As the boat started to drift down the river, I said, "Hey that's my paddle!" Moondog explained that since he was responsible for my safety, he did not want to risk me falling into the water. He wanted me to just sit in the middle of the boat, brace my feet, and hold on to the strap with both hands.

I was disappointed that I couldn't be a full participant. I also realized that my disability was a limitation, and that my safety was paramount. Now as an observer and cheerleader to Mark and Sherry, a first timer to rafting, it was time to enjoy the ride.

The sun was shining, and the river was crystal clear as we approached the first rapid. There was another raft filled with people and eight 'duckies' or small rubber kayaks, accompanying us on the river trip. Mark and Sherry worked as a team as Moondog gave them the forward and backward commands.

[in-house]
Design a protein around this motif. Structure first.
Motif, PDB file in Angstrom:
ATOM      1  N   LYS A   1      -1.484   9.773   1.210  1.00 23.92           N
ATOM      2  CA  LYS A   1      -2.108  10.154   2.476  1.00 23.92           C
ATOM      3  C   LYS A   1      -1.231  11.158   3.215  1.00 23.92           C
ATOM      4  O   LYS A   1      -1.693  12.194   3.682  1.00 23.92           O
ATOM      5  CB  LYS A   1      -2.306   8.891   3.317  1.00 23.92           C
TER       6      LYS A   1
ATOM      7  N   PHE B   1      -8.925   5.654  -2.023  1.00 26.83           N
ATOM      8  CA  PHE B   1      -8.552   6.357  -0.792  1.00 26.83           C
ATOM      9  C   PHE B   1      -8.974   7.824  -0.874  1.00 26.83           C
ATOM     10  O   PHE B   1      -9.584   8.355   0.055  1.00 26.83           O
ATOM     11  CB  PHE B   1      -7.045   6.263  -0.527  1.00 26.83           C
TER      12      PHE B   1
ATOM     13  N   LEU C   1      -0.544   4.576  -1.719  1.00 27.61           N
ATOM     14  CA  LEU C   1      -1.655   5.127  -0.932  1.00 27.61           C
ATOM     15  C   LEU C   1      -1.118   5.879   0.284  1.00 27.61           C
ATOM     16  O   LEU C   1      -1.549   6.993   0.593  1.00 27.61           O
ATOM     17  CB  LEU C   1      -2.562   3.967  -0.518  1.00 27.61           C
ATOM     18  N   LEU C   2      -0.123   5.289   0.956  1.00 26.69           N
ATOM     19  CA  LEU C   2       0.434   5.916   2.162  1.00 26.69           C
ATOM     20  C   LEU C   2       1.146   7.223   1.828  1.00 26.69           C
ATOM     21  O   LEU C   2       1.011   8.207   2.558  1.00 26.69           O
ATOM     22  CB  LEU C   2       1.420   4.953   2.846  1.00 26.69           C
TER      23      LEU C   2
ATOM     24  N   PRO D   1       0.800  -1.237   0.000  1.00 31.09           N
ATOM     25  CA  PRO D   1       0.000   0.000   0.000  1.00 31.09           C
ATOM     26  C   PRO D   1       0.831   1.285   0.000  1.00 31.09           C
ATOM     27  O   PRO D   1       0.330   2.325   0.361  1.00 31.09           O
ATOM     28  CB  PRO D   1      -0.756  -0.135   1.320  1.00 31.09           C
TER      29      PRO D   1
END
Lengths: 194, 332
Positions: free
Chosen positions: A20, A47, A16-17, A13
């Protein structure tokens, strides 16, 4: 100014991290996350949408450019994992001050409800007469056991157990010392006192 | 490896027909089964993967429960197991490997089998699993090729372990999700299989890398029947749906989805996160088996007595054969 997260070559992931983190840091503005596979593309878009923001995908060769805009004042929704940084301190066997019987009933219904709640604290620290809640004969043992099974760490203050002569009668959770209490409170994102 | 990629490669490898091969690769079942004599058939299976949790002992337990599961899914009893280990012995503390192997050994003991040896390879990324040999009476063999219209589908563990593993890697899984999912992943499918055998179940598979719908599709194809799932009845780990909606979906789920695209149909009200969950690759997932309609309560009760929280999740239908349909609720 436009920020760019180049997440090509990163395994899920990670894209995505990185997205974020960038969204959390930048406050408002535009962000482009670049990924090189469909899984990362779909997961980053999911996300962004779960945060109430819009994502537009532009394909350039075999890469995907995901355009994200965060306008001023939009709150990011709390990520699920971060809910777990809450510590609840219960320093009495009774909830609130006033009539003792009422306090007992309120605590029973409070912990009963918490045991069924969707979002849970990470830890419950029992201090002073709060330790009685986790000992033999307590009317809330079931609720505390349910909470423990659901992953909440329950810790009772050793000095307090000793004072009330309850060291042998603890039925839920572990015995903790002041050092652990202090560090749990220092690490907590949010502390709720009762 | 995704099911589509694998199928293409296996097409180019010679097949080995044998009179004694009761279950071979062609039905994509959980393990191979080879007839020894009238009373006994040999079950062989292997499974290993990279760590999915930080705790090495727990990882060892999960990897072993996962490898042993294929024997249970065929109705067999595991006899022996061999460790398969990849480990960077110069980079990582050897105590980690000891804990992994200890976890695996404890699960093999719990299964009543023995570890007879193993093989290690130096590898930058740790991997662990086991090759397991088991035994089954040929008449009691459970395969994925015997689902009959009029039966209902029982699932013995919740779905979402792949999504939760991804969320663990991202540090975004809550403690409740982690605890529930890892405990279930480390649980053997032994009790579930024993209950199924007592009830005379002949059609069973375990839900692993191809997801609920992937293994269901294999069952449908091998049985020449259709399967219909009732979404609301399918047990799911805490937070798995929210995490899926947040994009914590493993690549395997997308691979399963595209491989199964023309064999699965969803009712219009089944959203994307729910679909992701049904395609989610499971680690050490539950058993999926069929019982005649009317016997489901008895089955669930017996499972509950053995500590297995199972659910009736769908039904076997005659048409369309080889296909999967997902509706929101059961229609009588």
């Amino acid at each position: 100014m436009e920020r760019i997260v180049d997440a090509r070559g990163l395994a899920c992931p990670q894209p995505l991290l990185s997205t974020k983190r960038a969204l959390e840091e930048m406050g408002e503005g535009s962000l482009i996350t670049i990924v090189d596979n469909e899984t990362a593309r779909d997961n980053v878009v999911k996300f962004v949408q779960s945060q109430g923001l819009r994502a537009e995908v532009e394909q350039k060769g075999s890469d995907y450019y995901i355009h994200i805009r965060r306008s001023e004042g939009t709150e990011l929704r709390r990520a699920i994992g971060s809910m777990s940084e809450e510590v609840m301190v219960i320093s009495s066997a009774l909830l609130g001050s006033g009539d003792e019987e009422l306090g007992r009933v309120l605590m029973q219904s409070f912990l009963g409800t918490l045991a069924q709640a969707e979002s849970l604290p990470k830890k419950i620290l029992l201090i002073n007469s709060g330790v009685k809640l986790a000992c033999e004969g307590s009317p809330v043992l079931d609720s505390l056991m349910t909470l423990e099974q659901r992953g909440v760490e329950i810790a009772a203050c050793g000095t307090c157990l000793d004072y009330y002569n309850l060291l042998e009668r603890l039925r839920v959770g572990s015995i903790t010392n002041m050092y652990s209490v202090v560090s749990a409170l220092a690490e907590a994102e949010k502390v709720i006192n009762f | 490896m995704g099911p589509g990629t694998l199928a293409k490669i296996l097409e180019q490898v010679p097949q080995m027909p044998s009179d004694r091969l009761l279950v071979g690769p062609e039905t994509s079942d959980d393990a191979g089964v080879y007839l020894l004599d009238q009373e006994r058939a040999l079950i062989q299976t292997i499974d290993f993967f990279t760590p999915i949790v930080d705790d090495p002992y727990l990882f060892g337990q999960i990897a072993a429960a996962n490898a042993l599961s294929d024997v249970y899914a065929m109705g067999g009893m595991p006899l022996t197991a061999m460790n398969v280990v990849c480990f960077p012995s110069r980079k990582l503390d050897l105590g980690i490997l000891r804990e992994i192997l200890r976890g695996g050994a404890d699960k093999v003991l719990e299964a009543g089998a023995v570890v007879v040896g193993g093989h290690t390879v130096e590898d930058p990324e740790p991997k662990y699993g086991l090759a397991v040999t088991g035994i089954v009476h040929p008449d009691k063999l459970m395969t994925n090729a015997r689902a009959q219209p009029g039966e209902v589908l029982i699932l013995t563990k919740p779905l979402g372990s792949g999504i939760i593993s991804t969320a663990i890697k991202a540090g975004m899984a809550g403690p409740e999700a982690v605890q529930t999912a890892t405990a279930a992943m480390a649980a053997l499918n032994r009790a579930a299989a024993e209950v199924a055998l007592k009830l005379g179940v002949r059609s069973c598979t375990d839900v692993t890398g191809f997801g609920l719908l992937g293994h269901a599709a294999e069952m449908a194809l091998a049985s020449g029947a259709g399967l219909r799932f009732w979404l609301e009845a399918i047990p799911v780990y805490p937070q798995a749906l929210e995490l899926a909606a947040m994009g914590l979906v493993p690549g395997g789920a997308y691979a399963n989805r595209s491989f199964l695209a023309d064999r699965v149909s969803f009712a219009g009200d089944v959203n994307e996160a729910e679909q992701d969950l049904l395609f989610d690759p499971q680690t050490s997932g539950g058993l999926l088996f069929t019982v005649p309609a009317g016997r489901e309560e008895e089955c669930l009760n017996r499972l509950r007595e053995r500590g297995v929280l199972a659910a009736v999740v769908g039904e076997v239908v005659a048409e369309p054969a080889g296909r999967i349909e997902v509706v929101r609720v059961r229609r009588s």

On the first rapid, our raft bumped into a few of the large boulders along the way and the raft started to turn in circles. Water came splashing up into the boat, drenching us. We braced ourselves to stay in the raft. We were exhilarated as we successfully went through our first obstacle. 'YEEH HAAA!'

We continue to go through a series of moderately difficult rapids. Early in the trip, in one of the rapids, Sherry fell overboard. Mark and I quickly grabbed her hand and life jacket and pulled her back inside the raft. She had a stunned look on her face as if to be thinking, 'What happened?' Immediately, she sat back up and regained her paddling position, following Moondog's hurried commands as we continued down the rapid.